I was fortunate enough to get highly sought after tickets for the National Theatre’s current production of Frankenstein, directed by Danny Boyle, on Friday evening. It is a new adaptation for the theatre of the Mary Shelley classic, and I found it one of the most powerful and demanding pieces of theatre I think I have ever seen. The creator of the monster, Frankenstein, and the monster itself, are played on alternate evenings by Jonny Lee Miller and Benedict Cumberbatch. From the moment we entered the theatre, we were prepared for a two hour interval-less onslaught on the senses, and the intellect, by a startlingly loud real church bell suspended over the auditorium which periodically tolled as we were taking our seats, nearly scaring the living daylights out of some people!
The opening scene shows the monster emerging naked and dirty from a sort of artificial ‘womb’ suspended inside a large hoop. It then proceeds to writhe around the stage as it learns to walk and be at ease in the physical in an unsettling parody of a child’s first year of life.
The questions and challenges the play threw up are legion. We see the monster being ridiculed and persecuted as it goes out into society because of its grotesque appearance, a challenge perhaps to the way society treats those who are different or not ‘normal’. The only real friendship it forms is with a blind woodsman. When his son returns he reacts with revulsion and the monster is duly hounded out of the house. There are many references to coming to terms with what we have created, and at times Frankenstein appears almost to be speaking the mind of God, lamenting the way in which created beings abuse their freedom. I also felt that we were being encouraged to reflect on the possible consequences of the manipulation of human life which modern science allows us.
More widely than this, a further theme was the consequences of brutalizing and scape-goating one element of society, which we were responsible for bringing into being in the first place. We have the one tantalizing glimpse, in the friendship the monster makes with the blind woodsman, who is in fact a former professor, of how the monster could have become had he been treated with respect and offered education. The monster – ‘he’ I should perhaps say – is just starting to show signs of behaving as a ‘civilised’ and educated ‘human’ when he is driven away again in a scene reminiscent of the literal biblical scape-goat. It is society’s ill-treatment of the monster, created by man in the first place, which ultimately causes the tragedy which ends the piece – the monster becomes a rapist and a murderer, and unlike his creator, survives the end of the play.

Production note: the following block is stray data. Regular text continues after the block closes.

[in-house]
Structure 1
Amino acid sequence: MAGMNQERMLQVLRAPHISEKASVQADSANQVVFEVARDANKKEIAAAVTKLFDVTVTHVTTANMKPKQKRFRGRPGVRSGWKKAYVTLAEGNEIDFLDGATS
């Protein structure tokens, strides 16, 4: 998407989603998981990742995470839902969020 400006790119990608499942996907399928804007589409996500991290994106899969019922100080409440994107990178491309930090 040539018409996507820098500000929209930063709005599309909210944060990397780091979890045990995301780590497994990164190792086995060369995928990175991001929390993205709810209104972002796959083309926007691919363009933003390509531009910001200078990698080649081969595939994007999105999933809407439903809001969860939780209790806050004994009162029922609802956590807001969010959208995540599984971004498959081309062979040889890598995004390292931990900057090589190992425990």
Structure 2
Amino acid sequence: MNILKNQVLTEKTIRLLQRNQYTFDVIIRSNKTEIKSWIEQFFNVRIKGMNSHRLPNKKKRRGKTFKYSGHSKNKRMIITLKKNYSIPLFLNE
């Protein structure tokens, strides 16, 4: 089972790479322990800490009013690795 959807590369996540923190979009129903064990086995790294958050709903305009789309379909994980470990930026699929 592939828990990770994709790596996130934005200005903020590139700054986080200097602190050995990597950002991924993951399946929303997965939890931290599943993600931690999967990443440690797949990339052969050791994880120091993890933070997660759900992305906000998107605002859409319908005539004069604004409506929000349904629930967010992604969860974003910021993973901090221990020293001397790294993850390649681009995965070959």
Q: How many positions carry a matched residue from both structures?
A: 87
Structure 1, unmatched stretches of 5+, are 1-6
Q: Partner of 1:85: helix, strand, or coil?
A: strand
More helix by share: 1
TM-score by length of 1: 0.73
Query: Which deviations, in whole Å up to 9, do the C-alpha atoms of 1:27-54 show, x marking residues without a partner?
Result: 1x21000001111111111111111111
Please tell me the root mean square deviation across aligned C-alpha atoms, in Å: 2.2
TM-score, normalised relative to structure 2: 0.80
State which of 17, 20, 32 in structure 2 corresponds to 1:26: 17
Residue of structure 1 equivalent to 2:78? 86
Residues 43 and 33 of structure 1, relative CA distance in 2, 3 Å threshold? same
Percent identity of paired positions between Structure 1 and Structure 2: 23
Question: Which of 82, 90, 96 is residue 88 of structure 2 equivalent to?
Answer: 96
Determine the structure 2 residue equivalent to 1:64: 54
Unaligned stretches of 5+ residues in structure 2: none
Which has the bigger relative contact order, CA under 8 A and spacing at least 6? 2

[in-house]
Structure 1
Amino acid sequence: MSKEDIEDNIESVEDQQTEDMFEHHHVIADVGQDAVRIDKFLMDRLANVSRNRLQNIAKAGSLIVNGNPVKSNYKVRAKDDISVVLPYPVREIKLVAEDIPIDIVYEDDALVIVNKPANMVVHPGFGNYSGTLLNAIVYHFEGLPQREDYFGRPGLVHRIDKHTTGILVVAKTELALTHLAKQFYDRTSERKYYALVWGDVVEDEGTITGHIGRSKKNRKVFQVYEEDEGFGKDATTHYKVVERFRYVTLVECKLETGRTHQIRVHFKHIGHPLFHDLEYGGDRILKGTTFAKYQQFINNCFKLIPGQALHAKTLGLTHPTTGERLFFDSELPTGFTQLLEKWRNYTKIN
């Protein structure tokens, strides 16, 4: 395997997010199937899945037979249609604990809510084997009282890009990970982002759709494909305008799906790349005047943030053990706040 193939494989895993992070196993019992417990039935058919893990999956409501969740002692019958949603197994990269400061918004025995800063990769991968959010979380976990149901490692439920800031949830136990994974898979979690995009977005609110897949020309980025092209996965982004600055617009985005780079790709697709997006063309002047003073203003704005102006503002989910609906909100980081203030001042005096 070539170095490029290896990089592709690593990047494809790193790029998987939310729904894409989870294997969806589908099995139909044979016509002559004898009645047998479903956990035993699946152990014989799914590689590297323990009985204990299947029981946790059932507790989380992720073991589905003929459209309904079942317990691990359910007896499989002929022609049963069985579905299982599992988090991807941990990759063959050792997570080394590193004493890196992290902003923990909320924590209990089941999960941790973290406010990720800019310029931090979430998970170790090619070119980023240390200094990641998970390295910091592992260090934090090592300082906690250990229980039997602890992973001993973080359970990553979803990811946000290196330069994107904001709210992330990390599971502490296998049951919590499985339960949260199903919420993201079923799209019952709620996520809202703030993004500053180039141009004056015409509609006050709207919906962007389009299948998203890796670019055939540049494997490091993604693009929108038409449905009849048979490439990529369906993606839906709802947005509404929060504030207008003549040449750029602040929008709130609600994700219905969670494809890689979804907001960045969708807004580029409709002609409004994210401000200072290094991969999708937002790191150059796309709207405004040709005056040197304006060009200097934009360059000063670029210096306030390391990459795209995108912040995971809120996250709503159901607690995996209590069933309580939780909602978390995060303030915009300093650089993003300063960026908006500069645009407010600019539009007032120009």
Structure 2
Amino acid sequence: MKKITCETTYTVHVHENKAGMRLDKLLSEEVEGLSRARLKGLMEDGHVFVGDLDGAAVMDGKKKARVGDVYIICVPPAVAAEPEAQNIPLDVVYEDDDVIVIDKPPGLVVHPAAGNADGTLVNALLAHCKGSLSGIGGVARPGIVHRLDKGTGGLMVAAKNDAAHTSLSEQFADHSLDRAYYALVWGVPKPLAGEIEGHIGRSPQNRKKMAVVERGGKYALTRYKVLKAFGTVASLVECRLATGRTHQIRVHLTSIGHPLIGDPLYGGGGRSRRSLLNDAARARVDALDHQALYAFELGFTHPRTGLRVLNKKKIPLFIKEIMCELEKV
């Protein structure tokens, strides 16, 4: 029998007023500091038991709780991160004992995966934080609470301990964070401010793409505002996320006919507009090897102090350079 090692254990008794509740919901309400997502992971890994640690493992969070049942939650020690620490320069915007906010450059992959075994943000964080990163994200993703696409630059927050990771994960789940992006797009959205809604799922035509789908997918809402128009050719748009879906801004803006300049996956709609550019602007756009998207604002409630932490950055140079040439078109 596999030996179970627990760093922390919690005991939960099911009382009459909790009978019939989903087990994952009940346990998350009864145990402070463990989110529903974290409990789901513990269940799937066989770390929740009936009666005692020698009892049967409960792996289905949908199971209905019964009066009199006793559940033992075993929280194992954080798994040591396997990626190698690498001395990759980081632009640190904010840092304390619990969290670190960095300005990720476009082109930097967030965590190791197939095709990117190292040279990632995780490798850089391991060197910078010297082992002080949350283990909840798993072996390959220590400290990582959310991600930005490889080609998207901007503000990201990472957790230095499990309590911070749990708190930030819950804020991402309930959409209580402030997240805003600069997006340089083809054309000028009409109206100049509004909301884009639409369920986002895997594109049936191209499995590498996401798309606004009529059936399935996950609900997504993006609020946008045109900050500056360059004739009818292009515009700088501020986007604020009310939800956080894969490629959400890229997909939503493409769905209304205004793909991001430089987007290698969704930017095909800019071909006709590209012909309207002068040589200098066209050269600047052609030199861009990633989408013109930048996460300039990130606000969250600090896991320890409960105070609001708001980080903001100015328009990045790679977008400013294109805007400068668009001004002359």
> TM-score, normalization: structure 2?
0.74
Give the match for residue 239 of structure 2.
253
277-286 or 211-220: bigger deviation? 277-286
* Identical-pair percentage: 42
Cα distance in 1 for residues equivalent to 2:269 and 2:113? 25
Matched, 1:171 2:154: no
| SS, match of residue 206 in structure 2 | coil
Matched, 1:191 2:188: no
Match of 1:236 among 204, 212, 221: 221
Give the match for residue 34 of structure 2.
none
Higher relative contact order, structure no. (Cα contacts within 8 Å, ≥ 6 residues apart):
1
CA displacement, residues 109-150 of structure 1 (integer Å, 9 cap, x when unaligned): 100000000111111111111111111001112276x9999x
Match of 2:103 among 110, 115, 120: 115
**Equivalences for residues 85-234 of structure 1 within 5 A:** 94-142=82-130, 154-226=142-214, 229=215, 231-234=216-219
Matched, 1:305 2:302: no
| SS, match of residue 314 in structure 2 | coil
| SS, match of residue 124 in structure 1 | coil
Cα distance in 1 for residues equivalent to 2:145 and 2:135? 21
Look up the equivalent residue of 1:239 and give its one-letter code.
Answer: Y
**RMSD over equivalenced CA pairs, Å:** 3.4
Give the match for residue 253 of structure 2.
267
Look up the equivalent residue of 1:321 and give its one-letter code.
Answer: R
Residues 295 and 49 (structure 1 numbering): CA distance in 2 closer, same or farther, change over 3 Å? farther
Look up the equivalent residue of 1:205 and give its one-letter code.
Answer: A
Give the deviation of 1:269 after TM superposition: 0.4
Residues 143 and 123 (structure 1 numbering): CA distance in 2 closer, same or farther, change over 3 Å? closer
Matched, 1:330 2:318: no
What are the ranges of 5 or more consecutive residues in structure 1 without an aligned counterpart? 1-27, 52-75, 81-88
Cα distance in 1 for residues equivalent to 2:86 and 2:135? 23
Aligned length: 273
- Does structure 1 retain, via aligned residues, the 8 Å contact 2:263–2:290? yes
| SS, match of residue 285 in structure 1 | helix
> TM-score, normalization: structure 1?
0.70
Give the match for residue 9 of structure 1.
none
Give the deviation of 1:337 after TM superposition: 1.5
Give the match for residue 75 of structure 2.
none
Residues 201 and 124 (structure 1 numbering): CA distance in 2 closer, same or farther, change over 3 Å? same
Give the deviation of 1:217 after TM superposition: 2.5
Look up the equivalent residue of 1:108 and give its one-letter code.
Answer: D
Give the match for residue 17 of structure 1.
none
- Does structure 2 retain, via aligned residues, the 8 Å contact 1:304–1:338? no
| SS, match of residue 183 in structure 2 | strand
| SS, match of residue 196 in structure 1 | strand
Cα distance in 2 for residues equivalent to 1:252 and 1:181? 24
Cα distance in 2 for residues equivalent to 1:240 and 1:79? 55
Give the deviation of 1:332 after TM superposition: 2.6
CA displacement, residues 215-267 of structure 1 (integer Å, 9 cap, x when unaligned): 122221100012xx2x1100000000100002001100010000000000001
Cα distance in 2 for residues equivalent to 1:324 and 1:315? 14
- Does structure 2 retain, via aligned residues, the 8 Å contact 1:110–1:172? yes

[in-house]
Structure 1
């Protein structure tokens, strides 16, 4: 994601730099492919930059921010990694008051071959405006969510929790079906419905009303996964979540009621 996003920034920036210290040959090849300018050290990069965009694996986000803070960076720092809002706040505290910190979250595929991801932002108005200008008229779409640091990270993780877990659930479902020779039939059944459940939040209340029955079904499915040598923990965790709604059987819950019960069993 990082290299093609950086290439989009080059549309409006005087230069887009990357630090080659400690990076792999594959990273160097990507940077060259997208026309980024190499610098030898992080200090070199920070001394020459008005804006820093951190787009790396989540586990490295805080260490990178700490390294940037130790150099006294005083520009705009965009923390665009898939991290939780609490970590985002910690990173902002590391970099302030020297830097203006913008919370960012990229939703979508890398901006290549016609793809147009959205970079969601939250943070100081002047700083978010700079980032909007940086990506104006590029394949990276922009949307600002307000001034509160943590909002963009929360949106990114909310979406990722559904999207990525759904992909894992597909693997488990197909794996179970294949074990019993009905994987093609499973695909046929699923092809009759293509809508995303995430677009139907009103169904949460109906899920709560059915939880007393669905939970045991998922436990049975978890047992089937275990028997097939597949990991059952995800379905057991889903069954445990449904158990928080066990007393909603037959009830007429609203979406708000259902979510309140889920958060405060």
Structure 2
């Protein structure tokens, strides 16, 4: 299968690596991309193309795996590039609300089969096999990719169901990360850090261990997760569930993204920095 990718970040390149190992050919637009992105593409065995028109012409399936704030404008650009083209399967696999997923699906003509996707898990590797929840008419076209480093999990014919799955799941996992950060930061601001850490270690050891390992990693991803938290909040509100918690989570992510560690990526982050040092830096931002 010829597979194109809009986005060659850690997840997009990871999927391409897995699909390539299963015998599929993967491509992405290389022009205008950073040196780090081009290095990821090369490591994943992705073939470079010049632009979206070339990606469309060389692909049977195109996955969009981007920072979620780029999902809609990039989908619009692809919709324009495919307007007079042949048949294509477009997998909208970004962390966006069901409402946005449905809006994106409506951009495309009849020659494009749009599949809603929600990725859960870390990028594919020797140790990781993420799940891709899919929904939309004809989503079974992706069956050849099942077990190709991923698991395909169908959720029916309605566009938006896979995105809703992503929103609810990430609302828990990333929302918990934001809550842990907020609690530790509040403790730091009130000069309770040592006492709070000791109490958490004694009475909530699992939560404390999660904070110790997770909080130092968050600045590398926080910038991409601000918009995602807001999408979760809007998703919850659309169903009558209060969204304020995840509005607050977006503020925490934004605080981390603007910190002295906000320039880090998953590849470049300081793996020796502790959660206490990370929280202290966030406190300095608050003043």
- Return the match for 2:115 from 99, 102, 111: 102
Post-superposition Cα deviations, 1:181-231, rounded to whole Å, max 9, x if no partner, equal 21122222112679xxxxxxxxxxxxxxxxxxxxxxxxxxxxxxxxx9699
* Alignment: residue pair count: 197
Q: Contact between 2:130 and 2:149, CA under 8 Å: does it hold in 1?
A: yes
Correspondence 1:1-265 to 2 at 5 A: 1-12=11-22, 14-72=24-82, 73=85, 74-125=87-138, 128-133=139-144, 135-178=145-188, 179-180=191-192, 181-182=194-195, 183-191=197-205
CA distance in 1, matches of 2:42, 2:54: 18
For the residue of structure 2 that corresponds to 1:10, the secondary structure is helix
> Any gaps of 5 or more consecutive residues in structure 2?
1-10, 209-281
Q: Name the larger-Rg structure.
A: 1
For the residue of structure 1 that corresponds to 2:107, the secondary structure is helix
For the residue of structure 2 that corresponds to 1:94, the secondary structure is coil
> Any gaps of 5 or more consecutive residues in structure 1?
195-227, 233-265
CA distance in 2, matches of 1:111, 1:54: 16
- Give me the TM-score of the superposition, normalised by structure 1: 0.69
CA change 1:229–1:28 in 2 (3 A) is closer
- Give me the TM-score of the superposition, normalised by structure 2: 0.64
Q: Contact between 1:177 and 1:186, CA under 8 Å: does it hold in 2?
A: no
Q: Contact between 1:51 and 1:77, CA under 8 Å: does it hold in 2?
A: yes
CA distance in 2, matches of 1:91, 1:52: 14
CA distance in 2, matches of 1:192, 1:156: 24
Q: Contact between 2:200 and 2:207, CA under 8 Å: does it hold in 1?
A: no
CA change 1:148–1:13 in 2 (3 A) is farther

The play is not only brilliantly and innovatively produced and directed, it also cuts thematically right to the core of some of the central questions we face. Do we have the right to act in the place of God? What are the consequences? How do we with deal with difference in our society? Do we join the mob’s reaction to people who are not like us? What is the role of human relationships in a world scientific by scientific ‘progress’? How important is liberal education in making us fully human? How can we come to terms with the world and society we are creating? What are we storing up when we collectively persecute and brutalise individuals or groups?
I believe it is practically impossible to get tickets for the play a the National Theatre now, other than returns, but it is being ‘streamed’ into a number of cinemas, over the coming weeks and this might be a good alternative. It’s certainly on my recommended list!